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Alumni Association award recipients for 2016

The Awards Committee of the Bethel College Alumni Association has announced this year’s award recipients:

Young Alumnus Award

Aziza Hasan ’03, Los Angeles, majored in history and social sciences with a minor in global peace and justice studies. She is executive director and a co-founding team member of NewGround: A Muslim Jewish Partnership for Change. Formerly, Hasan was also southern California director of government relations for the Muslim Public Affairs Council.

Hasan is among 18 individuals whom President Barack Obama recently appointed to the president’s third Advisory Council on Faith-Based and Neighborhood Partnerships. The council brings together religious and secular leaders as well as scholars and experts in fields related to the work of faith-based and neighborhood organizations.

Last summer, Hasan gave a TEDx Talk titled “Unlocking the Courage of Curiosity,” which explores the courage it takes to wade through emotionally charged conversations and unlock conflict.

Bethel will honor Hasan during a convocation in 2016, where she will also give the presentation.

Distinguished Achievement Award

Duane Schroeder ’62, Orinda, California, double-majored in chemistry and psychology. He did research in biochemistry at Brookhaven National Laboratory and earned a PhD in biochemistry from Tulane University, did post-doctoral work at the Massachusetts Institute of Technology, then worked as a research biochemist with Cutter/Miles/Bayer Laboratories from 1969-2005.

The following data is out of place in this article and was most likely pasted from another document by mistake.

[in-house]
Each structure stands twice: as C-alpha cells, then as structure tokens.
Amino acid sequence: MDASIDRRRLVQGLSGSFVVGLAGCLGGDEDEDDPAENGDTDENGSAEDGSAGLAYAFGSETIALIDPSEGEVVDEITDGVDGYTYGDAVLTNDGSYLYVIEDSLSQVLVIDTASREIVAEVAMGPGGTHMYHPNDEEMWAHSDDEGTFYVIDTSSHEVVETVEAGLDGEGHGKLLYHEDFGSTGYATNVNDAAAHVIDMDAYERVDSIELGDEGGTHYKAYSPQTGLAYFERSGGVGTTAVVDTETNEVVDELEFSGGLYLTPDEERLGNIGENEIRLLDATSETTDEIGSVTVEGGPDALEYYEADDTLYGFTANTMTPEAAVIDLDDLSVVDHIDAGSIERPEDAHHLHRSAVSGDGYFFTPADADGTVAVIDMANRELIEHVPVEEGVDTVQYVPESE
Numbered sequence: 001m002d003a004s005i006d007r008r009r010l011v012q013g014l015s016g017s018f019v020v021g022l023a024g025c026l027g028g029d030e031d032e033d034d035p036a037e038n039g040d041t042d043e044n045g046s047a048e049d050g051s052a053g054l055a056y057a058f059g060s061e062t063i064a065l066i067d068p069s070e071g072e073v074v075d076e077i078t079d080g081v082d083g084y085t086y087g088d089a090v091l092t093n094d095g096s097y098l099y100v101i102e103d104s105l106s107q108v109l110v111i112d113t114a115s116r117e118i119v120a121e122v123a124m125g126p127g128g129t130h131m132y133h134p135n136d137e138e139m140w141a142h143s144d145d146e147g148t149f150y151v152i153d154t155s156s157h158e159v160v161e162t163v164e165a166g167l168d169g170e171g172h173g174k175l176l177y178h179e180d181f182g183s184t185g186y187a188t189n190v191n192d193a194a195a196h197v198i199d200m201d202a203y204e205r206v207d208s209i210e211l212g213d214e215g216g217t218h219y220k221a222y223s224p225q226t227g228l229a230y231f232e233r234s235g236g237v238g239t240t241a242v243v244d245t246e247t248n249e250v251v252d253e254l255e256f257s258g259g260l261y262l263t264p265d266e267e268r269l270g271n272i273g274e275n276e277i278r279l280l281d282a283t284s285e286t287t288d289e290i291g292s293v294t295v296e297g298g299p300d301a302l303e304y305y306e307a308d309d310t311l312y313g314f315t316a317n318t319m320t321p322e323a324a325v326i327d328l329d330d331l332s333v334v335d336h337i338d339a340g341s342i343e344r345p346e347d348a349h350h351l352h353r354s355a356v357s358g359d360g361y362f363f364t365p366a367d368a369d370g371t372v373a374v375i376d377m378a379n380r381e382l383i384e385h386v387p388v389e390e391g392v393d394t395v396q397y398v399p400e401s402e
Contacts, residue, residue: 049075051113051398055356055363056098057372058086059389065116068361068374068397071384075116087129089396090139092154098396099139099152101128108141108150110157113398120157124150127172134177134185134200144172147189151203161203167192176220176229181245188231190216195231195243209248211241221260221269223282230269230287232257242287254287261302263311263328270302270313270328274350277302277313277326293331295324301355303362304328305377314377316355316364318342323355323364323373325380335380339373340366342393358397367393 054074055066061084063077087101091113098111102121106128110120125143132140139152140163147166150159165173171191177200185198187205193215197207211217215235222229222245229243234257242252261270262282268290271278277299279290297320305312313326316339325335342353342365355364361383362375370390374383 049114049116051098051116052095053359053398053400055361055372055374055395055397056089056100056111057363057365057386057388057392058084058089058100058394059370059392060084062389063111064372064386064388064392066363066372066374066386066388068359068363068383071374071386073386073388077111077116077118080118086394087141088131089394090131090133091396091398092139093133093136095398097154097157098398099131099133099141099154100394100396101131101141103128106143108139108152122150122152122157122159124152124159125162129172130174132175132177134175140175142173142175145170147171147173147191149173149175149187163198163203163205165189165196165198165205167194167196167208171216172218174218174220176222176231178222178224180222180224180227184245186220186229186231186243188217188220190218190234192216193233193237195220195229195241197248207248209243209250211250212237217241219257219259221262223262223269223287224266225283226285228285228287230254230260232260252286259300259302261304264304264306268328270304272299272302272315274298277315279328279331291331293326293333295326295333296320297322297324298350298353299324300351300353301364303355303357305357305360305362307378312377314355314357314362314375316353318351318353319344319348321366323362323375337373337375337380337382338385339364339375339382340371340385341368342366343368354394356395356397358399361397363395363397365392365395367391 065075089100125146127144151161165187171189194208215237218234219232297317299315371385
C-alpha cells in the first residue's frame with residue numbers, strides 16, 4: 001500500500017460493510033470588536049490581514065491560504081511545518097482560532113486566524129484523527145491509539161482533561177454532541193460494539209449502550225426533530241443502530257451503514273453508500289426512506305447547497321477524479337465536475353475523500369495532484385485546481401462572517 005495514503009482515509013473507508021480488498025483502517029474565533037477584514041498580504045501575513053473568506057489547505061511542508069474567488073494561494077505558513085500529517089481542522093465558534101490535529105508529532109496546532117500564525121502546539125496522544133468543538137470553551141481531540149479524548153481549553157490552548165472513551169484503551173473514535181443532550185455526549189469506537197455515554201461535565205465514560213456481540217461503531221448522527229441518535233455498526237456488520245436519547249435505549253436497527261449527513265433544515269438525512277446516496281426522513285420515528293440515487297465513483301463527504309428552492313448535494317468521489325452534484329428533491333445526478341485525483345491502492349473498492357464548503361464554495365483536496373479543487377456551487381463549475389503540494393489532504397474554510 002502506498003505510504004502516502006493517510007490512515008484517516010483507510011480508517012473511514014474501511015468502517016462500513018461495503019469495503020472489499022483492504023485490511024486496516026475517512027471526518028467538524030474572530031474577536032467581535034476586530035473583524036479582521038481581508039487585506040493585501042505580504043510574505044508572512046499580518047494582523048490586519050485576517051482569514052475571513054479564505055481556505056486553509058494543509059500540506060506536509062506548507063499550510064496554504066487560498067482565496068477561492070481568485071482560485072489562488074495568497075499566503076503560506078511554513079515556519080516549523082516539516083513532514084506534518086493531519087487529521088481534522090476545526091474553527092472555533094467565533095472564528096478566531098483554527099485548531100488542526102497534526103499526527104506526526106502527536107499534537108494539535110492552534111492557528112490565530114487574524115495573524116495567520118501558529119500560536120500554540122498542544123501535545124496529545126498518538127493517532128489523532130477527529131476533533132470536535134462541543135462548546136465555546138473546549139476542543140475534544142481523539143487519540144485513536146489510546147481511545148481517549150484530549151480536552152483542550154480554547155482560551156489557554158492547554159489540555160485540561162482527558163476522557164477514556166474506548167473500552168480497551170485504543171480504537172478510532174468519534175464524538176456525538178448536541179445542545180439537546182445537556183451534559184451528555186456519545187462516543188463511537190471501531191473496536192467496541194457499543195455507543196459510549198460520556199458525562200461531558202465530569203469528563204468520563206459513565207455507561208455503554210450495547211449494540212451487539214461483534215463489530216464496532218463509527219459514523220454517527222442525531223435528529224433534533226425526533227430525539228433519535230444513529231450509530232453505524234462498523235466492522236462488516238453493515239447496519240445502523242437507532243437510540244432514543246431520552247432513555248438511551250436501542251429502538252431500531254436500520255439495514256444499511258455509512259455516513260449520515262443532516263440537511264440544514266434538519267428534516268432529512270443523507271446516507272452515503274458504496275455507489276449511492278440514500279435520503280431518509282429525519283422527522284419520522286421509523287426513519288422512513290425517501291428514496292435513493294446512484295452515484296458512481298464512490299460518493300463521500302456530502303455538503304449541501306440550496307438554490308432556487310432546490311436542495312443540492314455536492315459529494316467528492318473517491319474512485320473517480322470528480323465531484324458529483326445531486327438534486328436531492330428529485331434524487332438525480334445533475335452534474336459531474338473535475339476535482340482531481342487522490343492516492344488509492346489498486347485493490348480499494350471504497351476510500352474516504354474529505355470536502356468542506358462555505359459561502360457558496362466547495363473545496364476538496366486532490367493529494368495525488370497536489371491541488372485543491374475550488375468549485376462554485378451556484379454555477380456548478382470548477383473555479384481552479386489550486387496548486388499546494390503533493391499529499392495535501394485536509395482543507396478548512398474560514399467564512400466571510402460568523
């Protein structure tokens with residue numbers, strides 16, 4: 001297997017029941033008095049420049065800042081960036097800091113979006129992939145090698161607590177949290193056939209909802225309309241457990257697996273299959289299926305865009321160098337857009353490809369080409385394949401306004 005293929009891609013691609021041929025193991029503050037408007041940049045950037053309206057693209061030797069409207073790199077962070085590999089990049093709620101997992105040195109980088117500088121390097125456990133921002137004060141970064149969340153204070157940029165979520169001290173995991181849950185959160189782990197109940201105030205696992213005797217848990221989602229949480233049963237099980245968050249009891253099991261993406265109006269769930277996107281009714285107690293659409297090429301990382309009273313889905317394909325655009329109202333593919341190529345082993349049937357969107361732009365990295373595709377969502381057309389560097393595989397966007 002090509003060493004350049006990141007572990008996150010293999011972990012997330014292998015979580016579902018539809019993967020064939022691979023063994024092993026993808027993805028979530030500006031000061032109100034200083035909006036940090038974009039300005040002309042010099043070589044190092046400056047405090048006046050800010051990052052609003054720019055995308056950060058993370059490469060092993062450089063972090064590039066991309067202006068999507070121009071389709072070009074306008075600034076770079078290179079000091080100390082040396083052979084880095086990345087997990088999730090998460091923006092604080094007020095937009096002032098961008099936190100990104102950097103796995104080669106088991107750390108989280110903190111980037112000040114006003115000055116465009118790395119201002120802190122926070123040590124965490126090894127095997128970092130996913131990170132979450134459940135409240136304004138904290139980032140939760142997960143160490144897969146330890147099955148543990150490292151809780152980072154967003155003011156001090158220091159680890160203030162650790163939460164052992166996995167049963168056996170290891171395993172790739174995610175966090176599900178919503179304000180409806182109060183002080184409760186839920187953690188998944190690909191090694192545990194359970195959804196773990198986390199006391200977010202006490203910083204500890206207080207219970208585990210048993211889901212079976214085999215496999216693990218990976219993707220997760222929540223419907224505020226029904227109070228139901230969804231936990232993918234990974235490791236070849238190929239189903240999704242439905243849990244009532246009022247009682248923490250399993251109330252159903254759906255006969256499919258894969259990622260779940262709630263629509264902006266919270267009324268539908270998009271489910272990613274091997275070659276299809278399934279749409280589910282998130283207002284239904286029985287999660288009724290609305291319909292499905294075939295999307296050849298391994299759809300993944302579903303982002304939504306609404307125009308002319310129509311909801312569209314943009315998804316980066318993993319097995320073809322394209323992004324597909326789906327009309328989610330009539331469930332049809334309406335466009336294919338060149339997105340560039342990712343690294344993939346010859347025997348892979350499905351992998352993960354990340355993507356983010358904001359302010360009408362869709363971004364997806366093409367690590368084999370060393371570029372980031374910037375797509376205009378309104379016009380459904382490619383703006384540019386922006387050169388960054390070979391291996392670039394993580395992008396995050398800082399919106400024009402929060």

Schroeder’s many accomplishments include inventing the first intravenous gammaglobulin sold in the United States to treat severe immunodeficiency, developing therapies for hemophilia, emphysema and thrombosis, and serving as the assistant to the vice president of research and development, helping to oversee approximately 130 scientists. His laboratory worked to speed the testing of biotechnology products to fight HIV and pulmonary disease. Later, he directed the transition to genetic engineering of new proteins.

Schroeder will be honored at the Alumni Banquet at noon Saturday, June 4, during Alumni Weekend.

Outstanding Alumnus Award

LaVon Ediger ’62, McPherson, majored in industrial arts and, after college, taught high school industrial arts and coached. Then he founded Stewart-Ediger Construction, which often hired individuals who had difficulty finding and keeping jobs with other companies.